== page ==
After the housing bubble popped and the economy fell into recession, many homeowners found themselves in deep trouble. They owed more on their house than it was worth and were unable to make their mortgage payments. Congress attempted to alleviate part of this problem with The Mortgage Foregiveness Debt Relief Act (MFDRA).
Under the federal tax code, forgiven debt is treated as income. Although at first blush this may seem unfair, there is sound logic behind it. A loan itself is not considered income because of the corresponding obligation to repay. Once that obligation is gone, then you are simply left with the debtor receiving money with no strings attached. Such money would have to characterized as income and would therefore be taxable.
Let's use some numbers to see this in action. Let's suppose a homebuyer took out a $200k mortgage to buy a home. Still owing $175k on the mortgage, the house's value dips to $150k. At that point the homeowner owes more on the house is worth and is unable to afford the monthly mortgage payments. If there was a short sale and the lender was to accept $150k as full payment of the $175k loan balance, then the homebuyer would have has $25k in debt forgivess.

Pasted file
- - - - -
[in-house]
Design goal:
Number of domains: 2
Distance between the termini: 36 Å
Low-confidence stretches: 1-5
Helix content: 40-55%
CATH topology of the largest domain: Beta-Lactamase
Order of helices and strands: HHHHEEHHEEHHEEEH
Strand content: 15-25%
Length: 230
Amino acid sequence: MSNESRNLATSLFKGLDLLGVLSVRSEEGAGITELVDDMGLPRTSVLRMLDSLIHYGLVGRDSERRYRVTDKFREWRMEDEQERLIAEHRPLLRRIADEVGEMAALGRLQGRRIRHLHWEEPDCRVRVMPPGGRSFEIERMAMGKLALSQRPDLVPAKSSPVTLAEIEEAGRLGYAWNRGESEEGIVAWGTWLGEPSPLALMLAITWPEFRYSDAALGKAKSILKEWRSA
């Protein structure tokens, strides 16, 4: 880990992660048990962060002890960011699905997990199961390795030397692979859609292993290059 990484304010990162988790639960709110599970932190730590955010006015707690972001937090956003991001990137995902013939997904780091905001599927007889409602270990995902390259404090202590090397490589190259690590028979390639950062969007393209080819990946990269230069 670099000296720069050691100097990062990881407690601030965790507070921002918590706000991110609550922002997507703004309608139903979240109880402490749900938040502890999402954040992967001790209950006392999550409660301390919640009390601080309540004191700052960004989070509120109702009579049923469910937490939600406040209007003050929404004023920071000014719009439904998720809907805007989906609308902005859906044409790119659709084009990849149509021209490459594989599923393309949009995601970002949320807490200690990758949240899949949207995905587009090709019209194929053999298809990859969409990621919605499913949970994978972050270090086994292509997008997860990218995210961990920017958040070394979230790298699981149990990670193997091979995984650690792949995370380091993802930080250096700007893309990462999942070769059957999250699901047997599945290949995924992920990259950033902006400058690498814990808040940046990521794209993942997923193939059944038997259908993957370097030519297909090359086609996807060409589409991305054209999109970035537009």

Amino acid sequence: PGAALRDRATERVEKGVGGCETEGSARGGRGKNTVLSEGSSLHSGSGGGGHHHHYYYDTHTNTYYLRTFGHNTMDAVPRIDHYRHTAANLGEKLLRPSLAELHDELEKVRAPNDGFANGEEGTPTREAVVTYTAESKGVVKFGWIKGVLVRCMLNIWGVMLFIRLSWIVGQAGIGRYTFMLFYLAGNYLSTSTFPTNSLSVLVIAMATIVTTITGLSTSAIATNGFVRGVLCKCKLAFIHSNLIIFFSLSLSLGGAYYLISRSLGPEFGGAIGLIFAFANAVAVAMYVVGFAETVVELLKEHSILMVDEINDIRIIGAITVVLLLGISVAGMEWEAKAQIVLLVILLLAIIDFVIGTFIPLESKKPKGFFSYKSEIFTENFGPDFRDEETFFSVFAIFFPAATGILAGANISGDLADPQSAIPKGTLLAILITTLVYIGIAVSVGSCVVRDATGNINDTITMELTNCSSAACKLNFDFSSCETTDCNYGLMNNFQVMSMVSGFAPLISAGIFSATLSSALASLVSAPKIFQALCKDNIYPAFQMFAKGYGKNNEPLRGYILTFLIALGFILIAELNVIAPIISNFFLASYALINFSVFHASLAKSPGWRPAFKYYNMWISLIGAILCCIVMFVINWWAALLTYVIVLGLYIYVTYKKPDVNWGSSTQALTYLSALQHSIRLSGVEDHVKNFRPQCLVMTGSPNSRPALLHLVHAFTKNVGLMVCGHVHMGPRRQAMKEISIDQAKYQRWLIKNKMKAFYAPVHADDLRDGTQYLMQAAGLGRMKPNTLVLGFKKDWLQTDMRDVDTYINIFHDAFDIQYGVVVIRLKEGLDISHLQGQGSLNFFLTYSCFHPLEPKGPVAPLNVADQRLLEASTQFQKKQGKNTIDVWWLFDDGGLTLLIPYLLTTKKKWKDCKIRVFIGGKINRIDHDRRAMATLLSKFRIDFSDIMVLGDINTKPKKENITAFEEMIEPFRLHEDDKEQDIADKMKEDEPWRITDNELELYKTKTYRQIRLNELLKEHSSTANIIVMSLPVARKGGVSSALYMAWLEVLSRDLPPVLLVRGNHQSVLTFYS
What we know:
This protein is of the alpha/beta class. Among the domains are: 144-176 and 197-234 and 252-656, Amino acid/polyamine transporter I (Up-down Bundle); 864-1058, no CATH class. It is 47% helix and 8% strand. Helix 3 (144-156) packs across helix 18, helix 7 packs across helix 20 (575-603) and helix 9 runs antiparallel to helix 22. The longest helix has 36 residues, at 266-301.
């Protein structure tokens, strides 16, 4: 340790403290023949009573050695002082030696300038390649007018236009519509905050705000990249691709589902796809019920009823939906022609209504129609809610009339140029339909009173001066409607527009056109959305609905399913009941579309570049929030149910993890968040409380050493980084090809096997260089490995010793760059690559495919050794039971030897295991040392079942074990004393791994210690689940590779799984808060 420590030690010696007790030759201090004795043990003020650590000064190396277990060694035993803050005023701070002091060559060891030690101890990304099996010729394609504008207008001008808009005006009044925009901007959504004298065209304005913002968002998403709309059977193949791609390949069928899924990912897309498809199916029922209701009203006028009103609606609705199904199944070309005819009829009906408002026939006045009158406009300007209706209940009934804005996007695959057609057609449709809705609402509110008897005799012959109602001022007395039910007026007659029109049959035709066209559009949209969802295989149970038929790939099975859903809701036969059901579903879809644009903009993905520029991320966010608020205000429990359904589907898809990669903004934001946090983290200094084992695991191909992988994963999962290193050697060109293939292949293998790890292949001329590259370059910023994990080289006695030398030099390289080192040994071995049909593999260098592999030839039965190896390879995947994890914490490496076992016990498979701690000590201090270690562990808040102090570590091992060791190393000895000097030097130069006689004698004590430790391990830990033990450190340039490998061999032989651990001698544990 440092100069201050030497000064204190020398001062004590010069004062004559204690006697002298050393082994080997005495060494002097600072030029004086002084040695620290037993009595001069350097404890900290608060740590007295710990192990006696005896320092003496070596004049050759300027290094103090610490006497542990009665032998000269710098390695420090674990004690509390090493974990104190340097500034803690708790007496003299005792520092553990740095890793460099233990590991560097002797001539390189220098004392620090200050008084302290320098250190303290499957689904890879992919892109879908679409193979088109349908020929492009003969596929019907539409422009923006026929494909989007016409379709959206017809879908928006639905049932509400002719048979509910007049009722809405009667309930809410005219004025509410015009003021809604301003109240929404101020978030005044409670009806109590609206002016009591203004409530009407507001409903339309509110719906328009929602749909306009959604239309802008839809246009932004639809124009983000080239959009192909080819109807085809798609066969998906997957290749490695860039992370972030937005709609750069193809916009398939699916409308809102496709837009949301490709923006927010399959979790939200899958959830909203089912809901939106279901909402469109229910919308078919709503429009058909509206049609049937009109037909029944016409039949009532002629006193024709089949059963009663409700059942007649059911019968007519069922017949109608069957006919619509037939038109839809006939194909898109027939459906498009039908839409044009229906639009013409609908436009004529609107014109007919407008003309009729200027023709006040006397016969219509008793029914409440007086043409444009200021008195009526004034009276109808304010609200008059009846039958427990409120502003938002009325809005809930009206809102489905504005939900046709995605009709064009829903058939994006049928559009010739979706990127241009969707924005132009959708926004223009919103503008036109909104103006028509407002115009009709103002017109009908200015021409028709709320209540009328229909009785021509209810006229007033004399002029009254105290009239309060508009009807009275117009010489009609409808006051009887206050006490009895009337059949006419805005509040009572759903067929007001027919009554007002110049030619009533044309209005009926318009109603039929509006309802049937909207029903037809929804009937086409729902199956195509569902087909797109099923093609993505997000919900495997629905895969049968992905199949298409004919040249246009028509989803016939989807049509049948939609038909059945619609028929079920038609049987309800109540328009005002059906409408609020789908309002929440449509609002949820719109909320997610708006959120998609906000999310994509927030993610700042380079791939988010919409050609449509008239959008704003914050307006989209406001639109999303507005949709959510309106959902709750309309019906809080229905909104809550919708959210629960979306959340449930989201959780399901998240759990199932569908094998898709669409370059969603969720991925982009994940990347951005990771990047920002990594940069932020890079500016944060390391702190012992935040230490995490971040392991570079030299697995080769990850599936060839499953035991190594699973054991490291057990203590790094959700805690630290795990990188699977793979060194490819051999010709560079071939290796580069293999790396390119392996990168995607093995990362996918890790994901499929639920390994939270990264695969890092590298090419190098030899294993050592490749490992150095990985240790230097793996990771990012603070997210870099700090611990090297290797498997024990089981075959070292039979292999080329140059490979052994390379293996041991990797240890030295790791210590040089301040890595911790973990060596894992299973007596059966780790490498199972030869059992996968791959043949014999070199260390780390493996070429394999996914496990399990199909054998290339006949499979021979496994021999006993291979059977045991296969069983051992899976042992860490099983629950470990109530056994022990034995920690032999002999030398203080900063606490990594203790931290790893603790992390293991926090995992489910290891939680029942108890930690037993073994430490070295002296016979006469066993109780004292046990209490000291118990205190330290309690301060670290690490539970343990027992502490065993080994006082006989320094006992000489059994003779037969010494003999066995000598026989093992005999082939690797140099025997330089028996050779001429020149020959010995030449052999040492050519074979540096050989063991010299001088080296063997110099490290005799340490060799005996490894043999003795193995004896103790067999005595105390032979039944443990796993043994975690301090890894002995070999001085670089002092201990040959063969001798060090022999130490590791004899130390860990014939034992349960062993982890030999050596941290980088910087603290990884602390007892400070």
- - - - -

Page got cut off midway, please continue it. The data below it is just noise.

Under normal circumstances, this amount would be taxable as forgiven debt. However, by passing the MFDRA, Congress chose not to treat this forgiveness as taxable income.
This law was set to expire December 31, 2012, and the result to distressed homeowners would have been devastating. However, Congress has just passed the American Taxpayer Relief Act of 2012, which extended the MFDRA through December 31, of 2013. Also included in the legislation were extensions to other tax breaks set to espire, including the mortgage interest deduction.
Here is the relevant language of the Act:
SEC. 202. EXTENSION OF EXCLUSION FROM GROSS INCOME
19 OF DISCHARGE OF QUALIFIED PRINCIPAL
20 RESIDENCE INDEBTEDNESS.
21 (a) IN GENERAL.—Subparagraph (E) of section
22 108(a)(1) is amended by striking ‘‘January 1, 2013’’ and
23 inserting ‘‘January 1, 2014’’.
1 (b) EFFECTIVE DATE.—The amendment made by
2 this section shall apply to indebtedness discharged after
3 December 31, 2012.
Have a question regarding the laws discussed in this blog or anything else real estate law related? Contact Sayer Regan & Thayer, LLP at (401) 849-3040 or AThayer@srt-law.com